Countries and their economies can become blocked for many reasons. I lived in England between 1973 and 1975. A miners' strike toppled the Conservative Heath government in February 1974, and the subsequent Wilson and Callaghan Labour governments were characterized by high inflation, high unemployment, labor market turmoil - endless strikes, work stoppages, plus occasional riots -- and the overall decline of civil society. When I left in 1975, I was convinced that England was beyond repair and that the country would only get worse.

And the United States to which I returned wasn't much better. Inflation was rising rapidly, along with unemployment, even though Vietnam War expenditures were declining. The following five years were seen as a period of economic and political "malaise".

The dynamic of decline changed dramatically in both countries as a result of the new leadership of Margaret Thatcher, elected in 1979, and Ronald Reagan, elected in 1980. Both leaders were unflappable optimists who rejected defeatism. Neither leader believed that their countries needed more government spending or more government intervention in the marketplace to turn around the economy. Reagan proved to be far more tolerant of big deficits than Thatcher, but both were committed to unblocking their respective economies. While their tactics were, of course, different given the contexts of each nation's experiences, Reagan and Thatcher changed the underlying structural incentives that enabled free market capitalism to flourish.

I am not arguing for a replay of the Thatcher-Reagan era, but I am suggesting that more attention to our economy's structural blockages (first and foremost the tax code plus our embarrassing campaign finance system) and incentives to encourage economic growth are what is needed.

As a nation, we have become addicted to debt, and our predilection to amass more and more debt cannot exactly be deemed "austerity." The "max out" argument is well underway when it comes to our young people. We have created a student-loan debacle in which mostly young Americans now owe more than $1 trillion in student-loan debt. Is it any wonder that so many of these individuals are living at home with their parents and find themselves unable to purchase much beyond bare essentials?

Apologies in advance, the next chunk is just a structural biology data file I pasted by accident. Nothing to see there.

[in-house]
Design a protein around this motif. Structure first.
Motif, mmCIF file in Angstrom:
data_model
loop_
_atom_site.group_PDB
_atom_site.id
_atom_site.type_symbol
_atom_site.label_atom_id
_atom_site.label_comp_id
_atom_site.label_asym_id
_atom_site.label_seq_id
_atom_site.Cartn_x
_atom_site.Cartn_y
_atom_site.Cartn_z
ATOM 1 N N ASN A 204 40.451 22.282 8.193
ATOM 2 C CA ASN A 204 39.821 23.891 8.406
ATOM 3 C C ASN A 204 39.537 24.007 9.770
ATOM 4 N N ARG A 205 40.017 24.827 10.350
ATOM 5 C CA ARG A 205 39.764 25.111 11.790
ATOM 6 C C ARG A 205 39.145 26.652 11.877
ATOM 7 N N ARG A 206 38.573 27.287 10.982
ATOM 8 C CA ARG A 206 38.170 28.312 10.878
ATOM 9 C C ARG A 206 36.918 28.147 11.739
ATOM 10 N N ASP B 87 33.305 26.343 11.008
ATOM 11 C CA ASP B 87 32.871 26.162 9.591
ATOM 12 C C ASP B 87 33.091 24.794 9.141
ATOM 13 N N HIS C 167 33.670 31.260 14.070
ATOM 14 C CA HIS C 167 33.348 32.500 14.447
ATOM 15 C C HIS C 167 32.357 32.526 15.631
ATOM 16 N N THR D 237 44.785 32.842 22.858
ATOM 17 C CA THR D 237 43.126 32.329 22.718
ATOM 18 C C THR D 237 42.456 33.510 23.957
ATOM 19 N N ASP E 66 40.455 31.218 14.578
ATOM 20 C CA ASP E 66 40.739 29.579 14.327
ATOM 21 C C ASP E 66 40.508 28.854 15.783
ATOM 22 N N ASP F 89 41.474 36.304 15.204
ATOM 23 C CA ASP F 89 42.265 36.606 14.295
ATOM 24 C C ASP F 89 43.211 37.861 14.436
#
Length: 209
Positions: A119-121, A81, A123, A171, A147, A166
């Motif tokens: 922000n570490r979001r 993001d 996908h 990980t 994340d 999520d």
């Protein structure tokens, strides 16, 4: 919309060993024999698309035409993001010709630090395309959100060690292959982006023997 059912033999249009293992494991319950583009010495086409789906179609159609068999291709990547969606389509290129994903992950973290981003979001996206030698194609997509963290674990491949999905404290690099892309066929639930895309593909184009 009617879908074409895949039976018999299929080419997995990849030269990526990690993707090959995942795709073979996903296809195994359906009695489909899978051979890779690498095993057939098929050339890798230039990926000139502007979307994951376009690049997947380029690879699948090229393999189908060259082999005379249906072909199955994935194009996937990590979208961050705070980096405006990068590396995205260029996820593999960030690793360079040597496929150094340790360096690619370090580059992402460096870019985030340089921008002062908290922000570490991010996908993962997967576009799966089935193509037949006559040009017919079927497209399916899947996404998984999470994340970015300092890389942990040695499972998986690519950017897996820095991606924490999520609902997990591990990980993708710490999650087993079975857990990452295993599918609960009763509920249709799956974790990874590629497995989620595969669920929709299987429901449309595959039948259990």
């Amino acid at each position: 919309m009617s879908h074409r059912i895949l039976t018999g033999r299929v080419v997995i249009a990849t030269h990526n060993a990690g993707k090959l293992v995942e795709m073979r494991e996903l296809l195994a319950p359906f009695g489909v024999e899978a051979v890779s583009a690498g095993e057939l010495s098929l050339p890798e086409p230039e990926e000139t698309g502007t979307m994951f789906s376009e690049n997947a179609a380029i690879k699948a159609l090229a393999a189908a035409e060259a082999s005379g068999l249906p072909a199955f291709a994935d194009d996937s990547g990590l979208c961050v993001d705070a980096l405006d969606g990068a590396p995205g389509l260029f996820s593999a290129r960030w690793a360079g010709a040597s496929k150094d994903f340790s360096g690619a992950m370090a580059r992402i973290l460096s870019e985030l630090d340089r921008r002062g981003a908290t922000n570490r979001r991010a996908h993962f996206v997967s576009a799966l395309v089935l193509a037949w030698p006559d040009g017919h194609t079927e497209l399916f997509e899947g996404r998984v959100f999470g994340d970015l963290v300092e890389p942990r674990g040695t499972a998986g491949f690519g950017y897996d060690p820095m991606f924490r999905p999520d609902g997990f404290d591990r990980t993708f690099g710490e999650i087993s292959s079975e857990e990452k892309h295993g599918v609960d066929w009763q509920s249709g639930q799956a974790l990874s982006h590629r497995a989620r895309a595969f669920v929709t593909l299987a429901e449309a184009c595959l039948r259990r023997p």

Can't we move beyond the sterile "stimulus versus austerity" debate into the more important - and more difficult - area of rethinking the structural impediments to economic growth? Perhaps we need to move to a consumption tax that rewards saving rather than consumption? We need to revisit the regulatory universe that stifles corporate innovation and entrepreneurial risk-taking. We need major campaign finance reform. And we need a complete overhaul when it comes to how our society and our economy handle debt.

Debts will have to be repaid (or written down, or excused, or defaulted upon), and unsustainable Federal Reserve balance sheets will have to be unwound. After all, interest rates will not always be negative. We should be thinking right now about how to do this and what new structural reforms we need to unblock our economy. Only then can we begin to reflect upon how monetary and fiscal policy might support a new era of economic growth, prosperity, and low unemployment that is not sustained by a mountain of debt.
Charles Kolb is president of the New York-based French-American Foundation-United States. From 1997 until 2012, he was president of the Committee for Economic Development, and he served as Deputy Assistant to the President for Domestic Policy in the George H.W. Bush White House (1990-1992). The views in this article are solely the author's.